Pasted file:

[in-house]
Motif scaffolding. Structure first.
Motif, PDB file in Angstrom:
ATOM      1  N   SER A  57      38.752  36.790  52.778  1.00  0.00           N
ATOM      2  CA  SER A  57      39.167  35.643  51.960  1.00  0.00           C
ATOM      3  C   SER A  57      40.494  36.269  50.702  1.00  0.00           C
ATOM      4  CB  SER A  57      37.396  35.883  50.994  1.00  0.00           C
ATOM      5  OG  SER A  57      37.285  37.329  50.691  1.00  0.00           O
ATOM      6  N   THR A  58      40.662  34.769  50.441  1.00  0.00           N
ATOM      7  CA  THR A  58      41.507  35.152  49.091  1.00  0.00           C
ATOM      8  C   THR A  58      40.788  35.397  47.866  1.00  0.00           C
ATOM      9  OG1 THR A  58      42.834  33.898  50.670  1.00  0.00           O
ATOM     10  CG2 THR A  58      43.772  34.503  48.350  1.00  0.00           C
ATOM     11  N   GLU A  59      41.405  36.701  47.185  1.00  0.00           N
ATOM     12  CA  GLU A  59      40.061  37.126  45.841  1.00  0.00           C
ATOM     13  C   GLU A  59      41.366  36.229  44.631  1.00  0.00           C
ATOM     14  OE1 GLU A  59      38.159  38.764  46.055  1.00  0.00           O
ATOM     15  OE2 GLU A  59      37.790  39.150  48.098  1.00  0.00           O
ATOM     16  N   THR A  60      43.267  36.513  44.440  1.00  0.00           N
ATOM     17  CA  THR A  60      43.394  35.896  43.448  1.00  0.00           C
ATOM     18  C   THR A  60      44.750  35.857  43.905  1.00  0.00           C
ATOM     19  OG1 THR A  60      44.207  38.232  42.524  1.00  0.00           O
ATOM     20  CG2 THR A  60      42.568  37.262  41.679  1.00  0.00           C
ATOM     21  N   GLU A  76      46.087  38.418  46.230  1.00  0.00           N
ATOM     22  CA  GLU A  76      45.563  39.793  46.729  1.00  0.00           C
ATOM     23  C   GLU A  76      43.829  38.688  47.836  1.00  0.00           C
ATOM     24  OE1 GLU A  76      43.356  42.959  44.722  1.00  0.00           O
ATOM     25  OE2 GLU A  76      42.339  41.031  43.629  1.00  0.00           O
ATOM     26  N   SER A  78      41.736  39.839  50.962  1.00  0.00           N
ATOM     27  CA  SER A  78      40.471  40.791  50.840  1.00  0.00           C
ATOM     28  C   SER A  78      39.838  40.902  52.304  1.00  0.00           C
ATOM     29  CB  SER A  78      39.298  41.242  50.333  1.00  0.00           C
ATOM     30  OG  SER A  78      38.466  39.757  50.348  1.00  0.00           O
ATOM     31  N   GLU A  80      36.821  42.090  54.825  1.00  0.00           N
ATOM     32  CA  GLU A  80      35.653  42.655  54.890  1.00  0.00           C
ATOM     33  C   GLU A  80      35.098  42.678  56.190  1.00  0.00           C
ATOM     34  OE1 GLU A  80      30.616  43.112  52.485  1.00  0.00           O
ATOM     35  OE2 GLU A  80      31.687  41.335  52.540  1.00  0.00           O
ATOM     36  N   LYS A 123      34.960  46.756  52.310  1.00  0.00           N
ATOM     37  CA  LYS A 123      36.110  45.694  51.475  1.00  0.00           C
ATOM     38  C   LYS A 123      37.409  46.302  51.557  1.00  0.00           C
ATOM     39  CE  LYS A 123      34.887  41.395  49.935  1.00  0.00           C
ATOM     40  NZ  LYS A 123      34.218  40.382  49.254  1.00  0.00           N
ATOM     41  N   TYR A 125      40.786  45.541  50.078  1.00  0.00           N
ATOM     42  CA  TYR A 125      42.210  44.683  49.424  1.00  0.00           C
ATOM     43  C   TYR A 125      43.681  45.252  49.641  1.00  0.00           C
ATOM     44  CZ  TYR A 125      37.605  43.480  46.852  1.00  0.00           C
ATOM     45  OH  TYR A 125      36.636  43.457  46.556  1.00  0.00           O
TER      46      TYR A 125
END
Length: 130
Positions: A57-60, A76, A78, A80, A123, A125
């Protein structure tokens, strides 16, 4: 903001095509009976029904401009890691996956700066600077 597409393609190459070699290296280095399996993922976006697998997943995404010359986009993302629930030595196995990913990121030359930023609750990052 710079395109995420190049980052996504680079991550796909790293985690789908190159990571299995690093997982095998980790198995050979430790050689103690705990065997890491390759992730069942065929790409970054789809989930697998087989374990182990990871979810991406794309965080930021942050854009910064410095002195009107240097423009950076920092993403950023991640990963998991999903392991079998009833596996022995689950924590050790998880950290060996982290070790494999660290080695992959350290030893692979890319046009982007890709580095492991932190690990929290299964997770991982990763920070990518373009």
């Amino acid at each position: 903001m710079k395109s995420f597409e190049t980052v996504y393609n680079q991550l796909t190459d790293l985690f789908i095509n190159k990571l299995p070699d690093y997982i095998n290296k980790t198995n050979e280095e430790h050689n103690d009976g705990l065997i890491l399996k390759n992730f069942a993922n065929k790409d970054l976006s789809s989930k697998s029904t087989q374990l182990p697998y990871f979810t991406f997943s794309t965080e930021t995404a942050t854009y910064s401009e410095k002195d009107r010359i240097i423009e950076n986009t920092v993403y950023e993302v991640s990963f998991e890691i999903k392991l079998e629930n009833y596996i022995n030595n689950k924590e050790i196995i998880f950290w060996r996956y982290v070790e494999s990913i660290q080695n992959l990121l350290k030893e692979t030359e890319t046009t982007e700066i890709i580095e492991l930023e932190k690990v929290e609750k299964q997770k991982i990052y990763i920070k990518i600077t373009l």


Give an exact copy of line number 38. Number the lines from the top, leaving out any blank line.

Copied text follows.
ATOM     35  OE2 GLU A  80      31.687  41.335  52.540  1.00  0.00           O